� Felix Lampert is a Ph.D. candidate in materials science and surface technology from the Technical University of Denmark (DTU) and holds a M.Sc. in materials science and manufacturing engineering.  He  conducts research in the field of surface technology and corrosion engineering under the supervision of Professor Per Møller.  In his current research he develops and evaluates silica-based thin film coatings for the corrosion protection of metallic substrates.

 

 

� Dr. Annemette Hindhede Jensen received her B.C. in Bio-, Chemical- and Environmental Technology from Aalborg University in 2009, and her M.S. in Advanced and Applied Chemistry from the Technical University of Denmark (DTU) in 2011.  She received her Ph.D. in Electrochemistry and Materials Science from the Technical University of Denmark (DTU) in 2014.  After her Ph.D. she joined SiOx Aps where she currently works as a research engineer.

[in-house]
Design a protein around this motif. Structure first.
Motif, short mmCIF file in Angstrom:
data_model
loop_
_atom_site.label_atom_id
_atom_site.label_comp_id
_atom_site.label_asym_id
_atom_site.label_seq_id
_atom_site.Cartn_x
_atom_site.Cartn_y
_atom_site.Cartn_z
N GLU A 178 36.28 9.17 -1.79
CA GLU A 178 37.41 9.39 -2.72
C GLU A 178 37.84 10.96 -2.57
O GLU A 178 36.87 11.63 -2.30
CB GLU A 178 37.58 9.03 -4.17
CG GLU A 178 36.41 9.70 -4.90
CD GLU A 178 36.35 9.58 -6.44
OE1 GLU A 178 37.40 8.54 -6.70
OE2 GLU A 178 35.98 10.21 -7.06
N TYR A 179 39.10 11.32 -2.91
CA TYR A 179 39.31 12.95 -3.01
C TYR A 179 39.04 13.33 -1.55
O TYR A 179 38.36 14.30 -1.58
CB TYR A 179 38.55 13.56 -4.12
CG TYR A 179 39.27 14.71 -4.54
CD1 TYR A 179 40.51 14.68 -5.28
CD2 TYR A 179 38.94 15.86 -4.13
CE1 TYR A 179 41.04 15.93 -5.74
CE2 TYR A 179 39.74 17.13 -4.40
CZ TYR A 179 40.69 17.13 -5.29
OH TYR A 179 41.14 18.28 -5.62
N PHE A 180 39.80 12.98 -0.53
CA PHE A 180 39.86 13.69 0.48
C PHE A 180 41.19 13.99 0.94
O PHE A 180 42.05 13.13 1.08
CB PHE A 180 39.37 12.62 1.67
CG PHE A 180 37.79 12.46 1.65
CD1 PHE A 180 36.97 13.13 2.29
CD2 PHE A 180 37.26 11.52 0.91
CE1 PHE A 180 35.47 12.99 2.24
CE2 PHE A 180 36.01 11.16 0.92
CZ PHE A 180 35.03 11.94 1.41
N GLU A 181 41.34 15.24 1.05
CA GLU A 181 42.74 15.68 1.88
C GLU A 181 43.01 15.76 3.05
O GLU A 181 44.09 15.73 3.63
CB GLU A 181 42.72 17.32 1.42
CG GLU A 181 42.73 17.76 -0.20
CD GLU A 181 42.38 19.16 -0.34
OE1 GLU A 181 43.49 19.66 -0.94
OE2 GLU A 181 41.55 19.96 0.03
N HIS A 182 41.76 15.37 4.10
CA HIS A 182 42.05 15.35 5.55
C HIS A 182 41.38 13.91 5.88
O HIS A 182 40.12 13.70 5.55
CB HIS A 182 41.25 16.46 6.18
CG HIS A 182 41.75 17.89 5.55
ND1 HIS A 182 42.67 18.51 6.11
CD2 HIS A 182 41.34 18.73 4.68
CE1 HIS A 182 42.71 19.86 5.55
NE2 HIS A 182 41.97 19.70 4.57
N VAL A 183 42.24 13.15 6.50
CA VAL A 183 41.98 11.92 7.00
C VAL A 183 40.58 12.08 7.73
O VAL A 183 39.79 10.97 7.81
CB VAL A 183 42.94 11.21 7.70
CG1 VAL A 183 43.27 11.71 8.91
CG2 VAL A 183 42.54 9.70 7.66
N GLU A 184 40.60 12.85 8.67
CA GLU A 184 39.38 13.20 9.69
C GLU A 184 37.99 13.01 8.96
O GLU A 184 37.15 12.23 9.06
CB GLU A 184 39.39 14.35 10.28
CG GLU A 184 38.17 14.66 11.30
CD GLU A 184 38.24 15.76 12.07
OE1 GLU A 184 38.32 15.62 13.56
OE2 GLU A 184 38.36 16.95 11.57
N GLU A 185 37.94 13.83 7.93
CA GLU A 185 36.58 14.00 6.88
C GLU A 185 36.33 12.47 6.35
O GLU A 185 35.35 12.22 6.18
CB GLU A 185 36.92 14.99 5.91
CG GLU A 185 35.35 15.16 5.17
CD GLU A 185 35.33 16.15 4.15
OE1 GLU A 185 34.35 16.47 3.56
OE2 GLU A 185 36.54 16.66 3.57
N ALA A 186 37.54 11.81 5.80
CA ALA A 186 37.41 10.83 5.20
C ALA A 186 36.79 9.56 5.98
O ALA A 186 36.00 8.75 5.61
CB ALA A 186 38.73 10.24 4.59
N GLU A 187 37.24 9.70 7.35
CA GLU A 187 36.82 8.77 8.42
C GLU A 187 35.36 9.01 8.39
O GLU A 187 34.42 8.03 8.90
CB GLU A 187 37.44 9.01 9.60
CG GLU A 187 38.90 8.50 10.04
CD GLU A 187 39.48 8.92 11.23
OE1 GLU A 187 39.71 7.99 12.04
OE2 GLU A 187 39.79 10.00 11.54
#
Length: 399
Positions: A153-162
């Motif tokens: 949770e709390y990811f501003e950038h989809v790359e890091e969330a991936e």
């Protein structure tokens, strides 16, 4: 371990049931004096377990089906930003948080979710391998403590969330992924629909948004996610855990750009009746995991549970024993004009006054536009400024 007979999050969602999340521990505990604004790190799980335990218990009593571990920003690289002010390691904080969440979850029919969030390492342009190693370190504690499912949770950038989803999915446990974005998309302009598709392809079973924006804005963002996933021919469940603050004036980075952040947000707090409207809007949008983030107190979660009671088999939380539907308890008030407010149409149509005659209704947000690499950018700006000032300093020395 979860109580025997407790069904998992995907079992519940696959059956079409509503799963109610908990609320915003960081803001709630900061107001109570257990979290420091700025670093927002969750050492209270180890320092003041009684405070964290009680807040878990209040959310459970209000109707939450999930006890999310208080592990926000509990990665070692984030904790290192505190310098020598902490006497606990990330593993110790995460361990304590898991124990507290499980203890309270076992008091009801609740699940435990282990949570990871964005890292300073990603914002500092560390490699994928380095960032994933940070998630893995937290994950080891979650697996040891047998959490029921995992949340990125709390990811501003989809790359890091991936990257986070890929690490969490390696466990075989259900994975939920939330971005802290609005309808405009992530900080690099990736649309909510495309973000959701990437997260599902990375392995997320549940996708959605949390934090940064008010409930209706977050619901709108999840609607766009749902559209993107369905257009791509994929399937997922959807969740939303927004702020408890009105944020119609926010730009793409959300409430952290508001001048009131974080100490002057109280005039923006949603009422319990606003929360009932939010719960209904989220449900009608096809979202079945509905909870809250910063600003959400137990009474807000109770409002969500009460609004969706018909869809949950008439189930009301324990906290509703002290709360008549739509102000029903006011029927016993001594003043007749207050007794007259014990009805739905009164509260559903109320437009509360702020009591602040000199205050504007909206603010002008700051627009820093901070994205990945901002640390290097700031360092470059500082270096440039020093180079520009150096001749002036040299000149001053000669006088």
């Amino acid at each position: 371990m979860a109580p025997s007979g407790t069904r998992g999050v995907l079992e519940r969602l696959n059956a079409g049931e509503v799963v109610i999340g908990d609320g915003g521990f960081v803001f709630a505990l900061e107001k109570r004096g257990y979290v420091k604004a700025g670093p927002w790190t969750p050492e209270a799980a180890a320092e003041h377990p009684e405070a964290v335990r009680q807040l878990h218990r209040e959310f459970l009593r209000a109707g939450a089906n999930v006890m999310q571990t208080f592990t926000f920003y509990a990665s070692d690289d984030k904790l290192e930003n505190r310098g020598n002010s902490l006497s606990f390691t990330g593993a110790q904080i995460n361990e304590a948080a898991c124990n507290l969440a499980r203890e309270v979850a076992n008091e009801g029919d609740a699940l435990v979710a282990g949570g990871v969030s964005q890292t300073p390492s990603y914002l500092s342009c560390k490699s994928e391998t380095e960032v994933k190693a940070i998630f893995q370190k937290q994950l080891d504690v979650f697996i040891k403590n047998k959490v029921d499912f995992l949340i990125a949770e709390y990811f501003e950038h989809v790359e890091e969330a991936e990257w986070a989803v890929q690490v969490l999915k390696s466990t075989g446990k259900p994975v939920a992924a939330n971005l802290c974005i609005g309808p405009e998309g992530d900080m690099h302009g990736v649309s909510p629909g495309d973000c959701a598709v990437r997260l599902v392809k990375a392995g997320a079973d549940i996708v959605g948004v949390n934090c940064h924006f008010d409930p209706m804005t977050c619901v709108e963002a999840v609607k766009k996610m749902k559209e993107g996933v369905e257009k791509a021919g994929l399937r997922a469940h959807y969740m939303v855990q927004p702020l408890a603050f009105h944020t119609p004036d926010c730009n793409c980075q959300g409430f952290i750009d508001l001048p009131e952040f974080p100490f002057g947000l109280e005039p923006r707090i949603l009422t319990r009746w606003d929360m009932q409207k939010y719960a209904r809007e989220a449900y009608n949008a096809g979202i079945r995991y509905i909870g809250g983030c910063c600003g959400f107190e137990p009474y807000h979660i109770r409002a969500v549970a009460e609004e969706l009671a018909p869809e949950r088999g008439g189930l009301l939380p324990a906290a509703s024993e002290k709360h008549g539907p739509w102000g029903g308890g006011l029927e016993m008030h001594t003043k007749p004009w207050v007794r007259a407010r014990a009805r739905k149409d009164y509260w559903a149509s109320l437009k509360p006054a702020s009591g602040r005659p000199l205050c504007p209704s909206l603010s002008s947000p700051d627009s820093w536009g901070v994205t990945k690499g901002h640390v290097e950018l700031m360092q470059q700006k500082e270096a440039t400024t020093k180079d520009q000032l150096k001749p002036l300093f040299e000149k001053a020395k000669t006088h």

� Professor Per Møller has a Ph.D. in surface technology from the Technical University of Denmark (DTU), in Lyngby, Denmark.  During the past 30 years, he has been engaged in contract research with industry covering nearly all aspects from micro-plating under cleanroom conditions to design and implementation of industrial-scale electroplating lines.  He is author or co-author of more than 135 scientific papers and holds more than 25 patents in the field of surface technology and electrochemistry.  Currently, he is Professor in corrosion and surface technology at the MEK-DTU Section for Materials and Surface Engineering.